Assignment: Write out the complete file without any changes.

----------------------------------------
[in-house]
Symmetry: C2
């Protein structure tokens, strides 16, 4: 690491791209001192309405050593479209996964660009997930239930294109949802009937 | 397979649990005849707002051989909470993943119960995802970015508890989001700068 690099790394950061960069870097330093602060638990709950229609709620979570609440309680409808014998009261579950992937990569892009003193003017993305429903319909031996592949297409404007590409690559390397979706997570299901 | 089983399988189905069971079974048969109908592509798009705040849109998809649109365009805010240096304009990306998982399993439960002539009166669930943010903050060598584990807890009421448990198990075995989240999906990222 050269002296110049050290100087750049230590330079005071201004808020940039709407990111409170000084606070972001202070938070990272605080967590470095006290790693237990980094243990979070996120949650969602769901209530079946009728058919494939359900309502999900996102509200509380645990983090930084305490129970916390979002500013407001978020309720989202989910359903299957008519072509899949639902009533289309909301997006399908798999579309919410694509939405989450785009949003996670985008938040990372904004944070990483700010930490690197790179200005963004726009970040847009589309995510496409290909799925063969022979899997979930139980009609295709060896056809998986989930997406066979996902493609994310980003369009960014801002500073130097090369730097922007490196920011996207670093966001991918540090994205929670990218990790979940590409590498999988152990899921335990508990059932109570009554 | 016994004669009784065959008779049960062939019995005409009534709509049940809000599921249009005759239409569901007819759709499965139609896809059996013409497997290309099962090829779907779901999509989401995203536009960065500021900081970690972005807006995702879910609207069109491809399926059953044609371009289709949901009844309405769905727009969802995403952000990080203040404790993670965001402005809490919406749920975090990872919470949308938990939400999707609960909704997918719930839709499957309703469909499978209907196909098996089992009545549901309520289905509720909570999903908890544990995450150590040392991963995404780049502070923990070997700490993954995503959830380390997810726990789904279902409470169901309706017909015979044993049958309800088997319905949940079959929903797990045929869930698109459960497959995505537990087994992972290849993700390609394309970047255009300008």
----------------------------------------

[in-house]
Symmetry: C2
């Protein structure tokens, strides 16, 4: 690491791209001192309405050593479209996964660009997930239930294109949802009937 | 397979649990005849707002051989909470993943119960995802970015508890989001700068 690099790394950061960069870097330093602060638990709950229609709620979570609440309680409808014998009261579950992937990569892009003193003017993305429903319909031996592949297409404007590409690559390397979706997570299901 | 089983399988189905069971079974048969109908592509798009705040849109998809649109365009805010240096304009990306998982399993439960002539009166669930943010903050060598584990807890009421448990198990075995989240999906990222 050269002296110049050290100087750049230590330079005071201004808020940039709407990111409170000084606070972001202070938070990272605080967590470095006290790693237990980094243990979070996120949650969602769901209530079946009728058919494939359900309502999900996102509200509380645990983090930084305490129970916390979002500013407001978020309720989202989910359903299957008519072509899949639902009533289309909301997006399908798999579309919410694509939405989450785009949003996670985008938040990372904004944070990483700010930490690197790179200005963004726009970040847009589309995510496409290909799925063969022979899997979930139980009609295709060896056809998986989930997406066979996902493609994310980003369009960014801002500073130097090369730097922007490196920011996207670093966001991918540090994205929670990218990790979940590409590498999988152990899921335990508990059932109570009554 | 016994004669009784065959008779049960062939019995005409009534709509049940809000599921249009005759239409569901007819759709499965139609896809059996013409497997290309099962090829779907779901999509989401995203536009960065500021900081970690972005807006995702879910609207069109491809399926059953044609371009289709949901009844309405769905727009969802995403952000990080203040404790993670965001402005809490919406749920975090990872919470949308938990939400999707609960909704997918719930839709499957309703469909499978209907196909098996089992009545549901309520289905509720909570999903908890544990995450150590040392991963995404780049502070923990070997700490993954995503959830380390997810726990789904279902409470169901309706017909015979044993049958309800088997319905949940079959929903797990045929869930698109459960497959995505537990087994992972290849993700390609394309970047255009300008």